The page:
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(WGHP) — Most of us by this time of the holiday season will be in one of two frames of mind: Either we logically are completing the final details of our celebration plans or we are frantically running here and there to shop, to finish cooking and delivering or simply to get to that place where we plan to celebrate.

That’s the norm.

We also have this era of COVID-19 and the omicron-variant-enhanced renewed fragility of our public health.

All of that creates many more options, considerations and opportunities.

Not to cloud your mind, but here are a half-dozen hints to help you find some peace of mind this holiday season.

1. Do you need help this holiday?

The I AM Foundation will host a “Giving in the Community” food distribution – and more – event from 12 p.m. to 3 p.m. Wednesday in the parking lot of 2216 West Meadowview Road in Greensboro.

The group says packaged Christmas meals will be available, and those in need can receive blankets, coats, socks and gloves. But there also will be free COVID-19 PCR testing, vaccinations and booster shots for children and adults to be administered by Ottendorf Lab. 

For more information, you can contact Dennis Howard at (336) 763-2023 or Shannell Lucas at (336) 595-5995. 

2. If you want a special opportunity…

High Point University’s 11th annual Community Christmas Drive is underway 5 p.m. to 8 p.m. daily through Jan. 1.

HPU said in a release that more than 6,000 had attended since the event began on Sunday. The tour, which begins at University Parkway and ends at the Nido and Mariana Qubein Arena and Conference Center, includes what HPU says is the state’s tallest Christmas tree at 58 feet, more than 100,000 Christmas lights, a life-size and expanded Nativity scene, 206 nutcrackers and many holiday decorations, including ornaments that are 10 feet tall. At the end, residents will receive a book about HPU, a musical Christmas card and vouchers for a basketball game.

3. If you would rather walk…

The town of Elkin has a trail of holiday lights that you can experience through Jan. 9. The Holiday Light Show at Cypress Trails Event Center, 157 Interstate Way in Elkin, is described as a walkthrough of three trails that feature animated displays, singing reindeer – we assume not real reindeer – a giant ornament and thousands of twinkling lights. There also is a hot chocolate stand. 

Tickets are available at www.cypresstrailsevents.com or at the gate. 

4. Getting there should be easier, safer…

If you are traveling this holiday, you will find the roads a little less crowded by construction work but more closely monitored by the NC Highway Patrol.

The N.C. Department of Transportation announced plans to open lanes that have been closed for construction on interstates and federal and state highways, today and through Dec. 28 and again Dec. 31 through Jan. 4. That does not include bridge replacement or long-term work where barricades can’t be removed.

Before traveling, you can check the status of a route at DriveNC.gov. The NCHP is increasing its presence on heavily traveled state roads to promote safety and assist motorists. But that also means a crackdown on those driving while impaired through the “Booze It & Lose It” program. NCHP reminds drivers to ensure a safe ride home and encourages designated drivers to avoid alcohol and take that responsibility seriously. NCHP promises “extensive enforcement of impaired-driving laws.”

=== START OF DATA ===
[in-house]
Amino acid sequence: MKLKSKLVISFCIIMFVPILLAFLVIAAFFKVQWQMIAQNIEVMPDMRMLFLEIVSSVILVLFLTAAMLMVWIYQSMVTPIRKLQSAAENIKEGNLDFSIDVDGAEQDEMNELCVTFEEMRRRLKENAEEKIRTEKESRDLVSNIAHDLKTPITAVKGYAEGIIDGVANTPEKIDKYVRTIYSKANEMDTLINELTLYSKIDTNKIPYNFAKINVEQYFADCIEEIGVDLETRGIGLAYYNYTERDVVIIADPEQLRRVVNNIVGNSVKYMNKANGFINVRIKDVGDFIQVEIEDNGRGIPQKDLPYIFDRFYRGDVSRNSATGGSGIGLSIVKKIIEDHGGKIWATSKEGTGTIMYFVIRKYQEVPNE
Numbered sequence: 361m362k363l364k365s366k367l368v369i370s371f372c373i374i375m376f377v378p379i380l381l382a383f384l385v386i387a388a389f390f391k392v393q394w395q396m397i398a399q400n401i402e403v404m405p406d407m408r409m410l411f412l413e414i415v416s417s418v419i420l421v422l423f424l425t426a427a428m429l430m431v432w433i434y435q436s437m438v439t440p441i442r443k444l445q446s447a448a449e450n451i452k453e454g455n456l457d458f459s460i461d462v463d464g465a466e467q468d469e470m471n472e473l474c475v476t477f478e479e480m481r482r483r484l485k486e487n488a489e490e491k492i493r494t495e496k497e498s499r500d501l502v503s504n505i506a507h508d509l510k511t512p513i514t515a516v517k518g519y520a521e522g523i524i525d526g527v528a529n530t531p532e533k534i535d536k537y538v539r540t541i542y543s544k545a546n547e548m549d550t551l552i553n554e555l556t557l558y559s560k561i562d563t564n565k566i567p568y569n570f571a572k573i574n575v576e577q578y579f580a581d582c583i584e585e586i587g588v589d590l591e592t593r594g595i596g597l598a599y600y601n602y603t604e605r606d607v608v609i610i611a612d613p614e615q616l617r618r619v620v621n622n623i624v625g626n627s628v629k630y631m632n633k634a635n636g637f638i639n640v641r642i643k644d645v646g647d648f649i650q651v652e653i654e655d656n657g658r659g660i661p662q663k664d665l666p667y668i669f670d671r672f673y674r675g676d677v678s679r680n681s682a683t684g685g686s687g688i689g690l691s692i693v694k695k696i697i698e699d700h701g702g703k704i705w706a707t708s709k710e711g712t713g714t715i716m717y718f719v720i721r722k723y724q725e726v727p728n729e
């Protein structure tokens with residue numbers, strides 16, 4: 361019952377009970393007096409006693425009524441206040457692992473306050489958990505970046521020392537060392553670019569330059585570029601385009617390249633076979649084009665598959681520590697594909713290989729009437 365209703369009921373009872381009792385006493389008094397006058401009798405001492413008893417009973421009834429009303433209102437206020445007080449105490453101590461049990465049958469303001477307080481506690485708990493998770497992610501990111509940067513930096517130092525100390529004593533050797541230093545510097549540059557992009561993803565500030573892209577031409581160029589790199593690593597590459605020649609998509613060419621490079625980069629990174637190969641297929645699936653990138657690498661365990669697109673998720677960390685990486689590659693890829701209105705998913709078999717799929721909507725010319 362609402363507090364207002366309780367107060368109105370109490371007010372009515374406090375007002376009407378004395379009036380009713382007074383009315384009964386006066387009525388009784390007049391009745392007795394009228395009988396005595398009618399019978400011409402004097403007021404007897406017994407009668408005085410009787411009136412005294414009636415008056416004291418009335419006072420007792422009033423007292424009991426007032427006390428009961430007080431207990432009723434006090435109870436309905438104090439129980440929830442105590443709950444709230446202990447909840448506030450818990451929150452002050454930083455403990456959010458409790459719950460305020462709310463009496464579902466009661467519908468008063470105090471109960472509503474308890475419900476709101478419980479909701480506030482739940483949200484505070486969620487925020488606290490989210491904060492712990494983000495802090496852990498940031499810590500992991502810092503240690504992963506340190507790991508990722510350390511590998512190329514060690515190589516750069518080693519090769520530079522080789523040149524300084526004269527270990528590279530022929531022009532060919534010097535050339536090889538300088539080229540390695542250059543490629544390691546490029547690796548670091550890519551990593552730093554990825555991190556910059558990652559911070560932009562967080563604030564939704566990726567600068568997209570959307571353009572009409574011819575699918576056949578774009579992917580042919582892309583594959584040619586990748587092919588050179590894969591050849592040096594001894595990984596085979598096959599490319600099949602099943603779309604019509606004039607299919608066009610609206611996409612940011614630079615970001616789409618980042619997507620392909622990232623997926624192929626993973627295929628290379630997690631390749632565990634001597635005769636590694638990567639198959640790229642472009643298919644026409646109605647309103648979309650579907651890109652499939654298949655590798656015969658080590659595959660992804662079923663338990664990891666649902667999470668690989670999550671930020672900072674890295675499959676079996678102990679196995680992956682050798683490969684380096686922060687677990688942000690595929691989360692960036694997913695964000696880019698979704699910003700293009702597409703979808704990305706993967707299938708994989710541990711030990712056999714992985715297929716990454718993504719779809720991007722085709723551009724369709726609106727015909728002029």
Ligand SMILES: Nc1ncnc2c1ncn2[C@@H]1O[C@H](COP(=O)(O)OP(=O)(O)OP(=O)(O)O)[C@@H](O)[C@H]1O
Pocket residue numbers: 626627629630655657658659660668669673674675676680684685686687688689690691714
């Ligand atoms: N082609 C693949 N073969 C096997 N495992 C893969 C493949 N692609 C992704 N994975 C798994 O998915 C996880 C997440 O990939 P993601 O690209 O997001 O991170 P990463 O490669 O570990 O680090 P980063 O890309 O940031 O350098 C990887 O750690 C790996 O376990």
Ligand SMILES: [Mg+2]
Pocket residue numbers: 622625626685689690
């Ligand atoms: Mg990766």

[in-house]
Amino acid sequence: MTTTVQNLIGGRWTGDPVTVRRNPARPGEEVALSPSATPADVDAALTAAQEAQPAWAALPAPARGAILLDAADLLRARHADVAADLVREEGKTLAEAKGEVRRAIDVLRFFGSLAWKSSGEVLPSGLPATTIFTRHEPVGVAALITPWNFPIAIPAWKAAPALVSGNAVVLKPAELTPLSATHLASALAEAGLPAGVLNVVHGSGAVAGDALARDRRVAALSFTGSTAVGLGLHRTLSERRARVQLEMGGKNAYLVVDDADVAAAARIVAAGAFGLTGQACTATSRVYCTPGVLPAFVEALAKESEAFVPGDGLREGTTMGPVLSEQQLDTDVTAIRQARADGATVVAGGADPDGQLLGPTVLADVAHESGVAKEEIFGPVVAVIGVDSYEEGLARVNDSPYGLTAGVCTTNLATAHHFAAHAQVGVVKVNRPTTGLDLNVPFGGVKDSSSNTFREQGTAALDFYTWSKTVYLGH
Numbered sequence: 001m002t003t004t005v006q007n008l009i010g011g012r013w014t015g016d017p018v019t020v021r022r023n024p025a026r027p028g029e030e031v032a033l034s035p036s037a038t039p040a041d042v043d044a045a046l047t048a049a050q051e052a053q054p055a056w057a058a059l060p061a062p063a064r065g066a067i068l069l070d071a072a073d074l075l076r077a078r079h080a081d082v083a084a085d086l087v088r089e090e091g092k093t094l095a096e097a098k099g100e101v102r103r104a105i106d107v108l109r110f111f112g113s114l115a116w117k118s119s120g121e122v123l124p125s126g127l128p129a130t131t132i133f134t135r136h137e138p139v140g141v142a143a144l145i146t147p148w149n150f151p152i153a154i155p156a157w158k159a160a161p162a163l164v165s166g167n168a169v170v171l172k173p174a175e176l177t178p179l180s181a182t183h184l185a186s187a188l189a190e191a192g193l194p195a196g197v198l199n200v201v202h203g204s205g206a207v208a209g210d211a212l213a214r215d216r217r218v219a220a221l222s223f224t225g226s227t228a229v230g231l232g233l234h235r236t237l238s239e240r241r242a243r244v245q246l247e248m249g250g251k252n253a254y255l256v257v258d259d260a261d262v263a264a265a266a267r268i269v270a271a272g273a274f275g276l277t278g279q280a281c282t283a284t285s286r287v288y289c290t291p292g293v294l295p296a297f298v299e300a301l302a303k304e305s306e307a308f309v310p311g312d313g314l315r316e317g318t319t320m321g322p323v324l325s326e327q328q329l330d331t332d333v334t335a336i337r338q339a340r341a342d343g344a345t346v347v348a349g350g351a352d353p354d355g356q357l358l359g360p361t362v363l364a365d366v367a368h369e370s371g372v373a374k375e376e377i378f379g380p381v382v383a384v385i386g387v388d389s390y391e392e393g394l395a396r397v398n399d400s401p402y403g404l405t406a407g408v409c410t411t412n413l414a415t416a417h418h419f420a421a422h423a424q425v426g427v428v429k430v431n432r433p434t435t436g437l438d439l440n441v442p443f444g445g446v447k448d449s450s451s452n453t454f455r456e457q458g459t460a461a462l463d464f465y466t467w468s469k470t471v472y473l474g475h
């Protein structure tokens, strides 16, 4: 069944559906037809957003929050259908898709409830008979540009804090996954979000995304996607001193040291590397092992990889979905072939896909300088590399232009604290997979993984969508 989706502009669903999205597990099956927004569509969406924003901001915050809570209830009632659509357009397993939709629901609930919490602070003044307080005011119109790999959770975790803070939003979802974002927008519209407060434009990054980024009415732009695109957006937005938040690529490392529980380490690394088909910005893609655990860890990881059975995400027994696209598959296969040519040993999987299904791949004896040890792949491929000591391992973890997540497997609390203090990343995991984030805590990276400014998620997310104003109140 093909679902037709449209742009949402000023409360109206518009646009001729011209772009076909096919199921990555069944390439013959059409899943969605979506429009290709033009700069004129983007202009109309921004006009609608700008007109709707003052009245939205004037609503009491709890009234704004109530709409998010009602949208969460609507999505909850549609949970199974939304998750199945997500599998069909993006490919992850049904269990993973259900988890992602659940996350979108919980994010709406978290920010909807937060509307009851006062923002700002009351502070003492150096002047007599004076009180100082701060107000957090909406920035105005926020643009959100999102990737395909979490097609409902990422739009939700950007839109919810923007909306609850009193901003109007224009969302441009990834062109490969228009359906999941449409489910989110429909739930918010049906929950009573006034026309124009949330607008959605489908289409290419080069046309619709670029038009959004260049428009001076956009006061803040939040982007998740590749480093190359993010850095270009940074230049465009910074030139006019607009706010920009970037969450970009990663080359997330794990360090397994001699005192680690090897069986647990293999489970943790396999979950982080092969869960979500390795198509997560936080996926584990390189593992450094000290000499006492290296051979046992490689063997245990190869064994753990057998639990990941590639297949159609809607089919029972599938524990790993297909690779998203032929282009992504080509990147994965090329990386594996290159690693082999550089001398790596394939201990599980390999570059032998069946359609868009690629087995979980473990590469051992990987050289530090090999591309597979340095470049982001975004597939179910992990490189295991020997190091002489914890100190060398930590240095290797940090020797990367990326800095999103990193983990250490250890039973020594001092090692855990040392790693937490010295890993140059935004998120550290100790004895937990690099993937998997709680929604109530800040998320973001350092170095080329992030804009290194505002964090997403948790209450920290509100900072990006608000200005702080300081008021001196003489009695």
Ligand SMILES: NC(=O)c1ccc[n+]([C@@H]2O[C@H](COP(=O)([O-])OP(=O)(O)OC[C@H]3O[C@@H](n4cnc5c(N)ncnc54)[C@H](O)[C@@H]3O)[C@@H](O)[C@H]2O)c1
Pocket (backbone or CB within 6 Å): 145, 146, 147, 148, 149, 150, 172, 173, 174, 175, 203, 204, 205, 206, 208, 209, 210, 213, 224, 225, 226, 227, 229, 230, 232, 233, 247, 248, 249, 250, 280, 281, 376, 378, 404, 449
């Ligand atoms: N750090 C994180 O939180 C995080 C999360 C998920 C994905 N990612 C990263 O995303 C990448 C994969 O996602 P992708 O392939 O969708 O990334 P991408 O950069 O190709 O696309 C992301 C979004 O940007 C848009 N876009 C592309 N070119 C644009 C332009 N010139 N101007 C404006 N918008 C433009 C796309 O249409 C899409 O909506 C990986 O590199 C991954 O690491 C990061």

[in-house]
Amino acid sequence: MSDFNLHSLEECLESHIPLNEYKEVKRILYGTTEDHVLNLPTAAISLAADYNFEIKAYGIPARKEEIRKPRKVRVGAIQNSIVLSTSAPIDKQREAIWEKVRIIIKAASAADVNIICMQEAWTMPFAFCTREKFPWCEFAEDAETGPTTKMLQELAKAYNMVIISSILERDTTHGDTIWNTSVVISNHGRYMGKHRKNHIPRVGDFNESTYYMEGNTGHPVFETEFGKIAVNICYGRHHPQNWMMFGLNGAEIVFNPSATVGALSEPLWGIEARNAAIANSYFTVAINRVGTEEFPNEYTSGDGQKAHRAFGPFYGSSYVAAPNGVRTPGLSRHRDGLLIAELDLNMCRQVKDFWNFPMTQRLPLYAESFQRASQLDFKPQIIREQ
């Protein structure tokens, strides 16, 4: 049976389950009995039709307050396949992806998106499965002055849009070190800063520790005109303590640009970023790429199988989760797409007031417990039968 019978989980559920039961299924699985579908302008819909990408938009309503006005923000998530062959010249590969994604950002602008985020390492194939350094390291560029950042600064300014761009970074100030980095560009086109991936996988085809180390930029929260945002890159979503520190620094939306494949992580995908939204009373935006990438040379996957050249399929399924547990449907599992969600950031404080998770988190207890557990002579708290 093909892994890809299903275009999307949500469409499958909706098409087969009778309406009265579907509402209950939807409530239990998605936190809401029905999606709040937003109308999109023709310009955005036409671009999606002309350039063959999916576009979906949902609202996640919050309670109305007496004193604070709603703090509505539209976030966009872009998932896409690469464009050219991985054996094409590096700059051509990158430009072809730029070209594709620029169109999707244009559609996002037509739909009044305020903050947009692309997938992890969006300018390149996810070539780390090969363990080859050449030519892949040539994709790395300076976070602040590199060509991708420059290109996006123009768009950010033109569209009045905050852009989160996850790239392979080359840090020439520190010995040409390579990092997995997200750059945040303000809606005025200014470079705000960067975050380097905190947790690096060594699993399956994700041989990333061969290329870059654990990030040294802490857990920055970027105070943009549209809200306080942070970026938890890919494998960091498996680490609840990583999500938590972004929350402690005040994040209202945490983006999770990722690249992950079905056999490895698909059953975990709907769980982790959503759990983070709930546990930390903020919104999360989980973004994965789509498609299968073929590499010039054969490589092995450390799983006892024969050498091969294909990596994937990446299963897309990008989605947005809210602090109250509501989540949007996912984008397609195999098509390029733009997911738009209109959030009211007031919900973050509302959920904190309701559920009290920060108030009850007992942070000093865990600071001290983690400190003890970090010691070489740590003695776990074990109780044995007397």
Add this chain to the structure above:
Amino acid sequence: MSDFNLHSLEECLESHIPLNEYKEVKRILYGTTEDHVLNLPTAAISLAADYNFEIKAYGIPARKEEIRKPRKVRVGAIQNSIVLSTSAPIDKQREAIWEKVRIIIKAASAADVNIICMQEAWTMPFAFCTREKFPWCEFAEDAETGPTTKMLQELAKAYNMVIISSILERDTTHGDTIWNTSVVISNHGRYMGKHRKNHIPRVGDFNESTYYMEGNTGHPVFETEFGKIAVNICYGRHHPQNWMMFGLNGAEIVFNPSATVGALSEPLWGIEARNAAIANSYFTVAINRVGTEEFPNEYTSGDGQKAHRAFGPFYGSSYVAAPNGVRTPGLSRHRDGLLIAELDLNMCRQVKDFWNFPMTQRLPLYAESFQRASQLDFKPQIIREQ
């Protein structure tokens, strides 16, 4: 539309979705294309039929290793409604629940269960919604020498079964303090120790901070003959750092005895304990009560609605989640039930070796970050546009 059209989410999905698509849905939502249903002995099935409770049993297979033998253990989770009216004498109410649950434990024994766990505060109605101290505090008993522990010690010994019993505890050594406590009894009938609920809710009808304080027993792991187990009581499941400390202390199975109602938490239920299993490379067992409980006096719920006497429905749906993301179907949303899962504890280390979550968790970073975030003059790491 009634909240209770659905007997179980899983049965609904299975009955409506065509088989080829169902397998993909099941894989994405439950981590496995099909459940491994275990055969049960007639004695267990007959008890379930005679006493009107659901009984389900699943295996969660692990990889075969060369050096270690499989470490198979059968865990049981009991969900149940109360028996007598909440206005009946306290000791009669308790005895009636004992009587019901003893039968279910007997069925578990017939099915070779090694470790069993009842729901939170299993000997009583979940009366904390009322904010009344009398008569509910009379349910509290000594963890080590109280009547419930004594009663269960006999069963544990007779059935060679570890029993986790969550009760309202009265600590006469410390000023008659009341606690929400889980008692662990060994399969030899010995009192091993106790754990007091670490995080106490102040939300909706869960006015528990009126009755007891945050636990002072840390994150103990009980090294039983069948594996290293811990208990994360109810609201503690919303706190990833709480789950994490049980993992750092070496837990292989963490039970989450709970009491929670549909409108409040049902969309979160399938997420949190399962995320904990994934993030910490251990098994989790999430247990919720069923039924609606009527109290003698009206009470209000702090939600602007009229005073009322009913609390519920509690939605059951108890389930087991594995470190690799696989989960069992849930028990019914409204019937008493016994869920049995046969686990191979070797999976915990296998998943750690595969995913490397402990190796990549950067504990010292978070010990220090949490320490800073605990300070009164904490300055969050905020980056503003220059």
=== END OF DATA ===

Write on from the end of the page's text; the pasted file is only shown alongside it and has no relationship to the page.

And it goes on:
5. And cheaper

It’s Christmas week, and the usual trend of rising gasoline prices around holidays isn’t happening.

The average cost of a gallon of regular unleaded gasoline in the Greensboro area has fallen by 2.1 cents in the past week to $3.08, GasBuddy.com reported. Winston-Salem’s average is a little higher ($3.12), but its decline is greater (5.5 cents).

GasBuddy surveyed 586 stations in the area and found prices to be 11.7 cents per gallon lower than a month ago but $1.04 higher than in 2020. Prices range from $2.76 to $3.92, which matches the highest in North Carolina.

6. Surviving the COVID Christmas

And no matter if you travel or not, you likely will have to deal with COVID-19 and omicron and how they affect planned gatherings.

Duffy & Duffy, a medical malpractice law firm in New York, commissioned a survey of 3,758 respondents to ask how people will deal with unvaccinated family members who might be around their elderly relatives. Nearly 2 out of 3 (63%) of the respondents from North Carolina said they would consider not inviting unvaccinated guests to their family get-togethers.

Such decisions and the general frantic nature of the holidays could cause duress, of course, and David Gutterman, a clinical psychologist with LeBauer Behavioral Medicine, offers four tips for getting through the COVID-19-infected holidays:

  • Have reasonable expectations for the season. the following advice for navigating the holidays this year. Reinforce gratitude.
  • Set expectations about safety at holiday gatherings. Talk to each other ahead of time about what to expect.
  • Don’t dwell on disappointments. Focus on new experiences.
  • If you’re feeling overwhelmed, reach out for support.